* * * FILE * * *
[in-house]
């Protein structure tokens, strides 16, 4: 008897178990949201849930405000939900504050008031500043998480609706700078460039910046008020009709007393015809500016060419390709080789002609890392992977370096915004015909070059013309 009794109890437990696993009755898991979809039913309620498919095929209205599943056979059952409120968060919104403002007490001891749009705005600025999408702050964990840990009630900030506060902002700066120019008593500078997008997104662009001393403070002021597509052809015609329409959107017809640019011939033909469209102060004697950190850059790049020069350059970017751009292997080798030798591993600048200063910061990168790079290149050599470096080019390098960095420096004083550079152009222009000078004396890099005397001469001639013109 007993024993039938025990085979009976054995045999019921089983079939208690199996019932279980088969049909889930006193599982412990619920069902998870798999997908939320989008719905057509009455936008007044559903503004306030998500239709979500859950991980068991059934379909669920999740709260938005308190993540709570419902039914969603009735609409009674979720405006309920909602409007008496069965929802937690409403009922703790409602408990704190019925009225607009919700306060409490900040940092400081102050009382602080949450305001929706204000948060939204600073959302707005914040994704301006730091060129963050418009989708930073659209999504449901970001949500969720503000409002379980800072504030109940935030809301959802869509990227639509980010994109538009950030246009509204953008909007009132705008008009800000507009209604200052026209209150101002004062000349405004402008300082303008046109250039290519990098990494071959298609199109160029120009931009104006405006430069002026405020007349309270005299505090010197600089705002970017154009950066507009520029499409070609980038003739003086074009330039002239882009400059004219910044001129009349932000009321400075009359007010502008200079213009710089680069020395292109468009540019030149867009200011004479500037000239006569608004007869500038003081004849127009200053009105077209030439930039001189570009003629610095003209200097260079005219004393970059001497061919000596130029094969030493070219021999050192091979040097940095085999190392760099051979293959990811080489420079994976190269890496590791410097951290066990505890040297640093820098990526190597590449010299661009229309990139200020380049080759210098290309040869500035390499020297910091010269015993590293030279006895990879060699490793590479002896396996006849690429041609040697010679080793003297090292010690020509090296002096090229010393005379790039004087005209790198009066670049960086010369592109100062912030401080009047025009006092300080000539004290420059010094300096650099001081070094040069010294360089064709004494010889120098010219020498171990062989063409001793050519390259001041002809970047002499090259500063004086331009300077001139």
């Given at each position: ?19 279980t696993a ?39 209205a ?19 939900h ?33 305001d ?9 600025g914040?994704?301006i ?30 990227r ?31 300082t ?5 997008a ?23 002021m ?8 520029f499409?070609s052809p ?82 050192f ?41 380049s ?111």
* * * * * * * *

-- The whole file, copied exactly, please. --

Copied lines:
[in-house]
């Protein structure tokens, strides 16, 4: 008897178990949201849930405000939900504050008031500043998480609706700078460039910046008020009709007393015809500016060419390709080789002609890392992977370096915004015909070059013309 009794109890437990696993009755898991979809039913309620498919095929209205599943056979059952409120968060919104403002007490001891749009705005600025999408702050964990840990009630900030506060902002700066120019008593500078997008997104662009001393403070002021597509052809015609329409959107017809640019011939033909469209102060004697950190850059790049020069350059970017751009292997080798030798591993600048200063910061990168790079290149050599470096080019390098960095420096004083550079152009222009000078004396890099005397001469001639013109 007993024993039938025990085979009976054995045999019921089983079939208690199996019932279980088969049909889930006193599982412990619920069902998870798999997908939320989008719905057509009455936008007044559903503004306030998500239709979500859950991980068991059934379909669920999740709260938005308190993540709570419902039914969603009735609409009674979720405006309920909602409007008496069965929802937690409403009922703790409602408990704190019925009225607009919700306060409490900040940092400081102050009382602080949450305001929706204000948060939204600073959302707005914040994704301006730091060129963050418009989708930073659209999504449901970001949500969720503000409002379980800072504030109940935030809301959802869509990227639509980010994109538009950030246009509204953008909007009132705008008009800000507009209604200052026209209150101002004062000349405004402008300082303008046109250039290519990098990494071959298609199109160029120009931009104006405006430069002026405020007349309270005299505090010197600089705002970017154009950066507009520029499409070609980038003739003086074009330039002239882009400059004219910044001129009349932000009321400075009359007010502008200079213009710089680069020395292109468009540019030149867009200011004479500037000239006569608004007869500038003081004849127009200053009105077209030439930039001189570009003629610095003209200097260079005219004393970059001497061919000596130029094969030493070219021999050192091979040097940095085999190392760099051979293959990811080489420079994976190269890496590791410097951290066990505890040297640093820098990526190597590449010299661009229309990139200020380049080759210098290309040869500035390499020297910091010269015993590293030279006895990879060699490793590479002896396996006849690429041609040697010679080793003297090292010690020509090296002096090229010393005379790039004087005209790198009066670049960086010369592109100062912030401080009047025009006092300080000539004290420059010094300096650099001081070094040069010294360089064709004494010889120098010219020498171990062989063409001793050519390259001041002809970047002499090259500063004086331009300077001139």
């Given at each position: ?19 279980t696993a ?39 209205a ?19 939900h ?33 305001d ?9 600025g914040?994704?301006i ?30 990227r ?31 300082t ?5 997008a ?23 002021m ?8 520029f499409?070609s052809p ?82 050192f ?41 380049s ?111």